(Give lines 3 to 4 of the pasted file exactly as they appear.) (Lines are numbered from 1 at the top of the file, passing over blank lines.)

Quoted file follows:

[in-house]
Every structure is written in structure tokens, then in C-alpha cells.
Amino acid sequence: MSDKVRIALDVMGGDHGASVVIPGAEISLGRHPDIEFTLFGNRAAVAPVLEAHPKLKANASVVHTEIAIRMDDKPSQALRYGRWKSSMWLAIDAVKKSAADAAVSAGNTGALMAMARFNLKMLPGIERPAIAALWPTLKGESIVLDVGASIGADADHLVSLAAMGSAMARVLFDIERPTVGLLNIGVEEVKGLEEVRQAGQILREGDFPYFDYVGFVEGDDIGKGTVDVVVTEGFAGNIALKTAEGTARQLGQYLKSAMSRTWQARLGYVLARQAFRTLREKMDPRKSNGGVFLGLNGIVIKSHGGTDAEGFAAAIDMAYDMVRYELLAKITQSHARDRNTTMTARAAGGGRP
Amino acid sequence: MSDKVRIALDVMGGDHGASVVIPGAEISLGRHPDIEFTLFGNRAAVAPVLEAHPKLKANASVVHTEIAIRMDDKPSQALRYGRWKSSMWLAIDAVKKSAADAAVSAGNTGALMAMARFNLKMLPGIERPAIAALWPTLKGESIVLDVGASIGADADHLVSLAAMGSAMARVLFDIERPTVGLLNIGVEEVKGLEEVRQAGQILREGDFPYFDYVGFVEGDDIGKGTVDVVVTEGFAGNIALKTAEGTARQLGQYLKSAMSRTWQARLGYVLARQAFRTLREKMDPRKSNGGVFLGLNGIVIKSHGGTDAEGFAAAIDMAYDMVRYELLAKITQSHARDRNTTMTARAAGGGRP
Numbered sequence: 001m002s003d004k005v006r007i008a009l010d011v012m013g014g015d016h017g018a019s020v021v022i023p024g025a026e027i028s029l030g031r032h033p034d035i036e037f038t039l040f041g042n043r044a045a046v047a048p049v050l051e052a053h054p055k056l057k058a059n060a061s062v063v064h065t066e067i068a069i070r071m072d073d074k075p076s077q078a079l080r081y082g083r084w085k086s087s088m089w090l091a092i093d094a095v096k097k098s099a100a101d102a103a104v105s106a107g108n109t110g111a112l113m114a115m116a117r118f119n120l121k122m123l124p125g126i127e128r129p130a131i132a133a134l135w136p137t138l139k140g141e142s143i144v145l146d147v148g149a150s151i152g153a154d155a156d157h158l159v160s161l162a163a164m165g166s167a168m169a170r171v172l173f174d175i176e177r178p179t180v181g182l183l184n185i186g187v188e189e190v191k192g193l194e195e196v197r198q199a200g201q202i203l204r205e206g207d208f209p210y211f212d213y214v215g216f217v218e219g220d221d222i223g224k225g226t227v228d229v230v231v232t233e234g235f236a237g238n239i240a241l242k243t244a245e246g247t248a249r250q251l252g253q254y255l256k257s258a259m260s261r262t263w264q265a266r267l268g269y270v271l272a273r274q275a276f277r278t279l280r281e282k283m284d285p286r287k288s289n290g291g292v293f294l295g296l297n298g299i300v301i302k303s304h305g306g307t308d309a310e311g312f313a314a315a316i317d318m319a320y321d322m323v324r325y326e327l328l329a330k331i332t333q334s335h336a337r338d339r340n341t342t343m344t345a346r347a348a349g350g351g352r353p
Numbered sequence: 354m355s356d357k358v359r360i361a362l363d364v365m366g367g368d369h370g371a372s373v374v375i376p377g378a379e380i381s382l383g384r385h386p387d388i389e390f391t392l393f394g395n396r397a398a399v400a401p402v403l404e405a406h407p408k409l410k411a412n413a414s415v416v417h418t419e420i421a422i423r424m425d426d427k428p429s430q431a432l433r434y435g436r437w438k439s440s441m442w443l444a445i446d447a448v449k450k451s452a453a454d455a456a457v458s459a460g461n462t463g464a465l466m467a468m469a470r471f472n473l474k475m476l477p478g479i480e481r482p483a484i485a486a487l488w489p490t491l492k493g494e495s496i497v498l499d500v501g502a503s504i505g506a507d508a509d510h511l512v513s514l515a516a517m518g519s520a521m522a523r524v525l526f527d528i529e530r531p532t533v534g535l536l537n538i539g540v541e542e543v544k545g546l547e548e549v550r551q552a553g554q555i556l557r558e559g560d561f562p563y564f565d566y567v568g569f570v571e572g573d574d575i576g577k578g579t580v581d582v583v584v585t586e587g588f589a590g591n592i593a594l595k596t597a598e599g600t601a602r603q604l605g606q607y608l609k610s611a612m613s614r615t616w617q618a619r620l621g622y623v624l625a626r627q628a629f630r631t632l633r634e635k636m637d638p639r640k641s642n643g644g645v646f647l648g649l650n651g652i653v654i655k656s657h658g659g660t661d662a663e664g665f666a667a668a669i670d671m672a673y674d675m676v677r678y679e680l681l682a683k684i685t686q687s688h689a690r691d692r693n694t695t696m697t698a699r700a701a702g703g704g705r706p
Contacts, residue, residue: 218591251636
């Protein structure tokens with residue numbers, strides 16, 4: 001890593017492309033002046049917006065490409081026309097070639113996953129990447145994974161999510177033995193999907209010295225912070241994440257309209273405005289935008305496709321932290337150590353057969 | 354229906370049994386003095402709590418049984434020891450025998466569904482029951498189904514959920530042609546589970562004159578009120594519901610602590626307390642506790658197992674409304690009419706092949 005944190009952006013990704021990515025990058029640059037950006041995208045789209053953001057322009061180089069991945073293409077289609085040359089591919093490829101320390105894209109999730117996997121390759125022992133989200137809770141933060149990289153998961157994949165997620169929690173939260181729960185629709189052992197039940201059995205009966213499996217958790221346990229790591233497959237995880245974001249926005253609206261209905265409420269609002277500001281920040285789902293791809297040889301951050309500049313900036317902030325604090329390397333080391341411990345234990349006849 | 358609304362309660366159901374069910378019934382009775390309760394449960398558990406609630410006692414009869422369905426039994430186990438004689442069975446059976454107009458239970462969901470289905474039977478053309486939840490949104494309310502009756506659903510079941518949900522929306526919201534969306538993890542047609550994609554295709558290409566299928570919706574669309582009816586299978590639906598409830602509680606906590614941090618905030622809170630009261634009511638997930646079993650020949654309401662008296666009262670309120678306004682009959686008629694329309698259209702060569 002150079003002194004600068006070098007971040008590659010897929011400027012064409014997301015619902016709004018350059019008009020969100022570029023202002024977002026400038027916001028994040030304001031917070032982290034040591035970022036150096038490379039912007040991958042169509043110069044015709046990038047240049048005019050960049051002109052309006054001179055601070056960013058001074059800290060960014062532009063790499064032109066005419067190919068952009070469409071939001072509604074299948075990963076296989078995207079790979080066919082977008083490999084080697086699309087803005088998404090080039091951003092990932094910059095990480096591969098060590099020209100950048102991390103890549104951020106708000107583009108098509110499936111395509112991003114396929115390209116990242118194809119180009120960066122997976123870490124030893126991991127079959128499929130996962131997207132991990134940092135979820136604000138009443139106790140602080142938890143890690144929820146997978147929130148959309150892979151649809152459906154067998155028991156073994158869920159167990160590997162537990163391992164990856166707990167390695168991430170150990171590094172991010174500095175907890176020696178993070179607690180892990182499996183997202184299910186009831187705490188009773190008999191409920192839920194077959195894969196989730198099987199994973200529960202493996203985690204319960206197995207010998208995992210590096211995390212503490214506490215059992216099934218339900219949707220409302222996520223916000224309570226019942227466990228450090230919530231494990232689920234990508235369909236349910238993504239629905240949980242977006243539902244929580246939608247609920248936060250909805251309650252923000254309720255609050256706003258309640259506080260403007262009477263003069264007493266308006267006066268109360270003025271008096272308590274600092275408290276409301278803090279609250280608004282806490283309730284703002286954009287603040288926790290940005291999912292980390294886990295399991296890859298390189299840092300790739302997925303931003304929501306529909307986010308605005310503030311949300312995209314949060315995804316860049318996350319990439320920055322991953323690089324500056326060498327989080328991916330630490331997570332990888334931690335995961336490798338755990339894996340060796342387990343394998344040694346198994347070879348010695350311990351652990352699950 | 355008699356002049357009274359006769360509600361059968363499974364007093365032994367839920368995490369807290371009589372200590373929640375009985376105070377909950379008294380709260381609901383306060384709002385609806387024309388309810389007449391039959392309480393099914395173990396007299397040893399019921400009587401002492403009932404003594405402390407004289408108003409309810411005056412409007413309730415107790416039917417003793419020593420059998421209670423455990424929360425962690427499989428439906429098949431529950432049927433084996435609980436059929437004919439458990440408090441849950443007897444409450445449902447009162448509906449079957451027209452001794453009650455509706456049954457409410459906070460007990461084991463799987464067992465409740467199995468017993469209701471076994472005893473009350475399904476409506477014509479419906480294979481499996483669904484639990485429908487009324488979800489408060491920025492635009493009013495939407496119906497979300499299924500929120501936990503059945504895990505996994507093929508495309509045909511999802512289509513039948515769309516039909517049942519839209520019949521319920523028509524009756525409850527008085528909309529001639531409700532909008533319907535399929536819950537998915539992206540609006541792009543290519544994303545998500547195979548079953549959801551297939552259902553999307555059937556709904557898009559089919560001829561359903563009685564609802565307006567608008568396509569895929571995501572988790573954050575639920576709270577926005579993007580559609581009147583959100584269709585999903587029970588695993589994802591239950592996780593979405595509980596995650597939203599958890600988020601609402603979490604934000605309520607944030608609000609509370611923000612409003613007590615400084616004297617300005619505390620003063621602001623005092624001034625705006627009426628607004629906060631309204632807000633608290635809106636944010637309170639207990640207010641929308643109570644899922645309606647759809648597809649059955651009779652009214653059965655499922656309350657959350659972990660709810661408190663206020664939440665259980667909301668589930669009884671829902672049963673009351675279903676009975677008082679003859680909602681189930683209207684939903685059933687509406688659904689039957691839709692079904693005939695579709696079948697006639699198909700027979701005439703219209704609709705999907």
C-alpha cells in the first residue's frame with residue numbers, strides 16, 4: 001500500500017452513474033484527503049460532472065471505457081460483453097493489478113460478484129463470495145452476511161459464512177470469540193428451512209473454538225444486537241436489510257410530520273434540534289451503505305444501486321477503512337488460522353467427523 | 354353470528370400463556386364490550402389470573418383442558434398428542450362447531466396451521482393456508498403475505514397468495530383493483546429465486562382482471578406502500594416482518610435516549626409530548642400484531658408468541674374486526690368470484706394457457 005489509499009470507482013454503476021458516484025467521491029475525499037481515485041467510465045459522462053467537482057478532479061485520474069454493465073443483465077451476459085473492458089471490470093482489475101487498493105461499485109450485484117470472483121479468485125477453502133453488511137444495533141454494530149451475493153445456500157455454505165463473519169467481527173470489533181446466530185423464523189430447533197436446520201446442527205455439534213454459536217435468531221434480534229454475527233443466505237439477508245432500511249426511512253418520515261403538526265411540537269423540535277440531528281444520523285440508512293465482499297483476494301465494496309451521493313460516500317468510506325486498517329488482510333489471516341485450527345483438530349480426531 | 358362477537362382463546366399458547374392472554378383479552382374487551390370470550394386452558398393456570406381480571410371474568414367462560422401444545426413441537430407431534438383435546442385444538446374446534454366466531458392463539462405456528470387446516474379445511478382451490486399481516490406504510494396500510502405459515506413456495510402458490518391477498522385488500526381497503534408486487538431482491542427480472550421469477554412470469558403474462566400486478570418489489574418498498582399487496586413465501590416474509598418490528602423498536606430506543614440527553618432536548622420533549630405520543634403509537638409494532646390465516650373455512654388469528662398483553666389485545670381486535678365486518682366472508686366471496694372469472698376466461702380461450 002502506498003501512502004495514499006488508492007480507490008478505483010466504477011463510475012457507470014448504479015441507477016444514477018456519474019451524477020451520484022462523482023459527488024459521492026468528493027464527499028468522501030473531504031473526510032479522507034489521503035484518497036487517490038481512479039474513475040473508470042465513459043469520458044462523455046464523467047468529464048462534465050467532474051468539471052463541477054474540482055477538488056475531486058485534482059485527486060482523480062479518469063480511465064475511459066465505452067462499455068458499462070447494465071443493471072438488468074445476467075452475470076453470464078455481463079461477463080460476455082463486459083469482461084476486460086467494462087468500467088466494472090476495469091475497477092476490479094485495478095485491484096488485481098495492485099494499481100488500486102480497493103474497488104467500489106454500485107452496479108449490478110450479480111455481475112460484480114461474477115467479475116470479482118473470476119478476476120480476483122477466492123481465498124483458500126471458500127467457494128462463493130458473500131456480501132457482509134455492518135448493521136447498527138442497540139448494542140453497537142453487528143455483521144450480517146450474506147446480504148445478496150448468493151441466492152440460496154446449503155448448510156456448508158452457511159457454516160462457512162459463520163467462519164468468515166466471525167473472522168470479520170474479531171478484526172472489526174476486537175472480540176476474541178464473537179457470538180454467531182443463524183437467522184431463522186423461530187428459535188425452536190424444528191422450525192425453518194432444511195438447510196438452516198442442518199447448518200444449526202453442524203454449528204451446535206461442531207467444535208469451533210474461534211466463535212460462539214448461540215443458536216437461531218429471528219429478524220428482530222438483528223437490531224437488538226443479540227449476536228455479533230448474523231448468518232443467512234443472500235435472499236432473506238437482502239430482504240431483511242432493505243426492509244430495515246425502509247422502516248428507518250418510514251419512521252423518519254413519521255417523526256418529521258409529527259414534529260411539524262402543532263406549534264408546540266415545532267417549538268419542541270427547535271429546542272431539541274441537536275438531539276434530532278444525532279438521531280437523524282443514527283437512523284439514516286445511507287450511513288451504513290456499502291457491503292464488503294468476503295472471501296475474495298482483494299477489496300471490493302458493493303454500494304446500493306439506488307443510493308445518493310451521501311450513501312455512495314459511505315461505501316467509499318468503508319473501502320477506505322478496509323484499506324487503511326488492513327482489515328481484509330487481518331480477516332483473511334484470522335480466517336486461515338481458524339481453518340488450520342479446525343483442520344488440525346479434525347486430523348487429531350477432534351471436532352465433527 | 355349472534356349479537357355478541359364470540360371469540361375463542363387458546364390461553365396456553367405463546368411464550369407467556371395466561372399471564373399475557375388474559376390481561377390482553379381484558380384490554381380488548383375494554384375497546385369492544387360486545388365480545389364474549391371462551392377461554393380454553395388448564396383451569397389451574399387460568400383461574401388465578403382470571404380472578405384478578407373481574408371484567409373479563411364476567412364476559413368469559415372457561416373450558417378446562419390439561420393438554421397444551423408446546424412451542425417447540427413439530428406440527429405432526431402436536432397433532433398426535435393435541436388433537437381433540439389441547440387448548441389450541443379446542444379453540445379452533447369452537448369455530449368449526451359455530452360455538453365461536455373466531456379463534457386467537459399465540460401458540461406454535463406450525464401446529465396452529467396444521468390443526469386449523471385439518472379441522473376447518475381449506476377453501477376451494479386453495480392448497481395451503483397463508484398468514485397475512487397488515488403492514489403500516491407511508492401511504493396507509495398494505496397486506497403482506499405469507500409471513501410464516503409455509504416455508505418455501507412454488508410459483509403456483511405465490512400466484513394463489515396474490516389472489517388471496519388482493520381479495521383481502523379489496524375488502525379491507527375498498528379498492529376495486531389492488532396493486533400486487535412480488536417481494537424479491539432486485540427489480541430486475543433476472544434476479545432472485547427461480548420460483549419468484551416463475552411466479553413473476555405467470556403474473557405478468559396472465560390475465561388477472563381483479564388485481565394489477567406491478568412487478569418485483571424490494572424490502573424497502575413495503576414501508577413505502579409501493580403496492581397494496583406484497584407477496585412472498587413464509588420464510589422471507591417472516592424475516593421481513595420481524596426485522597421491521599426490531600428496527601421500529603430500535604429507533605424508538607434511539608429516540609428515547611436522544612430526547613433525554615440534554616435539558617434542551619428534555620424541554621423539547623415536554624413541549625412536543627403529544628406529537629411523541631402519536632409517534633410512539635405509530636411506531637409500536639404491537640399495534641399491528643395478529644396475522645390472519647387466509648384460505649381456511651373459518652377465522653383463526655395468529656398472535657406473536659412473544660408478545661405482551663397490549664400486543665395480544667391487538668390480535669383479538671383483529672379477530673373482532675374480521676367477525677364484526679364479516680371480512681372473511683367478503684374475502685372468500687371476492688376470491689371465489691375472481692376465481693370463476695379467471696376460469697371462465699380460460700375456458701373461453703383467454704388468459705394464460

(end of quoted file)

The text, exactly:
Amino acid sequence: MSDKVRIALDVMGGDHGASVVIPGAEISLGRHPDIEFTLFGNRAAVAPVLEAHPKLKANASVVHTEIAIRMDDKPSQALRYGRWKSSMWLAIDAVKKSAADAAVSAGNTGALMAMARFNLKMLPGIERPAIAALWPTLKGESIVLDVGASIGADADHLVSLAAMGSAMARVLFDIERPTVGLLNIGVEEVKGLEEVRQAGQILREGDFPYFDYVGFVEGDDIGKGTVDVVVTEGFAGNIALKTAEGTARQLGQYLKSAMSRTWQARLGYVLARQAFRTLREKMDPRKSNGGVFLGLNGIVIKSHGGTDAEGFAAAIDMAYDMVRYELLAKITQSHARDRNTTMTARAAGGGRP
Amino acid sequence: MSDKVRIALDVMGGDHGASVVIPGAEISLGRHPDIEFTLFGNRAAVAPVLEAHPKLKANASVVHTEIAIRMDDKPSQALRYGRWKSSMWLAIDAVKKSAADAAVSAGNTGALMAMARFNLKMLPGIERPAIAALWPTLKGESIVLDVGASIGADADHLVSLAAMGSAMARVLFDIERPTVGLLNIGVEEVKGLEEVRQAGQILREGDFPYFDYVGFVEGDDIGKGTVDVVVTEGFAGNIALKTAEGTARQLGQYLKSAMSRTWQARLGYVLARQAFRTLREKMDPRKSNGGVFLGLNGIVIKSHGGTDAEGFAAAIDMAYDMVRYELLAKITQSHARDRNTTMTARAAGGGRP